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Generator of rotations rotations of WHAT?

  1. Jul 20, 2009 #1
    "Generator of rotations"...rotations of WHAT?

    The angular momentum operator is defined as the "generator of rotations." Fine. But rotations of WHAT? What's being rotated? The wave function (doesn't make sense; isn't the wave function a scalar), perhaps? An arbitrary vector in the coordinate system under investigation?
     
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  3. Jul 20, 2009 #2

    CompuChip

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    Re: "Generator of rotations"...rotations of WHAT?

    It is the latter. Equivalently, you are rotating the basis of the three-dimensional space (a passive rotation). Or, yet differently formulated, you are rotating the space itself while keeping the basis fixed (active rotation), which also causes the coordinates of vectors to change.
     
  4. Jul 20, 2009 #3
    Re: "Generator of rotations"...rotations of WHAT?

    AxiomOfChoice -> Rotations of yourself... or of your coordinate system, if you prefer. To which correspond transformations of observables/states. And the wave function is nothing but an explicit representation of a vector in some specific base (the "coordinate representation").
     
  5. Jul 20, 2009 #4
    Re: "Generator of rotations"...rotations of WHAT?

    Thanks guys! That's very helpful.

    Right now, I'm studying a triatomic molecule confined to move in two dimensions. Suppose the central nucleus is fixed at the origin, and let [itex]\theta[/itex] be the angle between the radius vector of the first (free to move) nucleus and the second (free to move) nucleus. How do I show that [itex]L = -i\hbar \dfrac{\partial}{\partial \theta}[/itex] in this case?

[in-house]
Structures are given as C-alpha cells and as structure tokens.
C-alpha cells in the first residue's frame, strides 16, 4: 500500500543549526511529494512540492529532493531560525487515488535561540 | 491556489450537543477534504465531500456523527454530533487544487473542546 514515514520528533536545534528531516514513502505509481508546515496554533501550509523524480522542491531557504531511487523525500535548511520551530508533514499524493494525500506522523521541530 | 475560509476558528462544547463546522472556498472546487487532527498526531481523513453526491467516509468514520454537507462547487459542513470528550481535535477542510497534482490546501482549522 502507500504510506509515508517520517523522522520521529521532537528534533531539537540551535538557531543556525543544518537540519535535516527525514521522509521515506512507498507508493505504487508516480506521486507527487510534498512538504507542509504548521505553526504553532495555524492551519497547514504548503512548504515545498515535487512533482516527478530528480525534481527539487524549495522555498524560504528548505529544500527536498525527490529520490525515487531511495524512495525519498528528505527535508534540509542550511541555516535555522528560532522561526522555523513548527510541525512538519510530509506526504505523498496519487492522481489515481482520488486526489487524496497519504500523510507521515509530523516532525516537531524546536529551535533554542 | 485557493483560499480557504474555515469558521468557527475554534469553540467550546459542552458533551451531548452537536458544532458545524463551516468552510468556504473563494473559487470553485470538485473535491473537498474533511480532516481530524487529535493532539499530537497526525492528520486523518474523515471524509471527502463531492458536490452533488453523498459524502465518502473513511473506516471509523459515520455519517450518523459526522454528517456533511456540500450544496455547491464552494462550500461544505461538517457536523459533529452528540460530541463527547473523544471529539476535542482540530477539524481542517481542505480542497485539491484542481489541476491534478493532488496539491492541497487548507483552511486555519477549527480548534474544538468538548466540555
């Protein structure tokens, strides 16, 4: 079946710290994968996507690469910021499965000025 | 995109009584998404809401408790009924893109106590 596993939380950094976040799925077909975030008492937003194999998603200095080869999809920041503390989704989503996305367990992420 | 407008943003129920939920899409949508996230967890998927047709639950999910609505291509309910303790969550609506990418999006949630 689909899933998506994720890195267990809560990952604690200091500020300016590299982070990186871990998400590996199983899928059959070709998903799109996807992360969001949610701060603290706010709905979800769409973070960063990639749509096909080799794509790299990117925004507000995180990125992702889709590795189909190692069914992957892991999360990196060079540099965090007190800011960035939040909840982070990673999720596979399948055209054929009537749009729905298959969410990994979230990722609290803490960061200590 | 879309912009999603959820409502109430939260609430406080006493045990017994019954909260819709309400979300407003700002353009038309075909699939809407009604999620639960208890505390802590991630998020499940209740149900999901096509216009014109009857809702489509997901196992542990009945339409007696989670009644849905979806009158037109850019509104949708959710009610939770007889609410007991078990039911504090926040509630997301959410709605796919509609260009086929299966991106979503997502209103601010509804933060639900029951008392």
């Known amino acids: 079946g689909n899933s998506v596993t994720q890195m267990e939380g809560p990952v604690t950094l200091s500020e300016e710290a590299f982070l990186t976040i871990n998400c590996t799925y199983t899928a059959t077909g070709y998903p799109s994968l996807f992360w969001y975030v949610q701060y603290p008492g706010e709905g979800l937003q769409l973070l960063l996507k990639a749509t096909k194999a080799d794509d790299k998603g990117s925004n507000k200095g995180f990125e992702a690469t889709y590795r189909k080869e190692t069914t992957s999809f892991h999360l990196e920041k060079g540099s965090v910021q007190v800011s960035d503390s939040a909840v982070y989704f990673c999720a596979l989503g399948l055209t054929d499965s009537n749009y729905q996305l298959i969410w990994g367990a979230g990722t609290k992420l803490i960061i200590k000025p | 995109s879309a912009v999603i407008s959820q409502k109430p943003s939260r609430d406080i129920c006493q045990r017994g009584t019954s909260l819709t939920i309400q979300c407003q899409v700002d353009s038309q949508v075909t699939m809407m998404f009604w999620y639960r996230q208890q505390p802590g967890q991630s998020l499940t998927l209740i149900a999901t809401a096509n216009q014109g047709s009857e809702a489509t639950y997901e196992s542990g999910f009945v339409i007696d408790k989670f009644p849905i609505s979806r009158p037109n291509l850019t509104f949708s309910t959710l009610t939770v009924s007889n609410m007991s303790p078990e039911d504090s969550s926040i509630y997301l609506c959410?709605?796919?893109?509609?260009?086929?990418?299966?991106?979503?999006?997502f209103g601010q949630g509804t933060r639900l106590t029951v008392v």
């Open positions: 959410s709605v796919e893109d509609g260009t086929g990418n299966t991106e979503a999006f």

6. Jul 21, 2009 #5
    Re: "Generator of rotations"...rotations of WHAT?

    Use the definition of L:
    L = r x p (outer product)
    By plugging in the appropriate components you will get your answer.

    Also: you can view the generator of a symmetry transformations in two ways. The active and the passive way. In the passive way, you change the way you "view" the system - this in some sense just a coordinate transformation, like boosting yourself to a moving reference frame. The physical state of the system stays the same.

    In the active point of view you physically change the system. That is, the symmetry transformation actively transforms the physical state, meaning we map one state in your Hilbert space, to another. If both states carry the same "physical information" (for a lack of a better description) then you are dealing with a symmetry of the system. An example is the Ising model: flipping all the spins in the opposite direction actively changes the state, but leaves you with the same energy etc.

    To complete the discussion: in a gauge "symmetry" you also activily transform the state. But the physical state itself doesnt change - you simply have redundant way of describing the same physical state. A gauge redundancy would be a better way of putting it, because it is not a "true" symmetry of the system (i.e. we dont map between different physical states when performing a gauge transformation).
     
    Last edited: Jul 21, 2009
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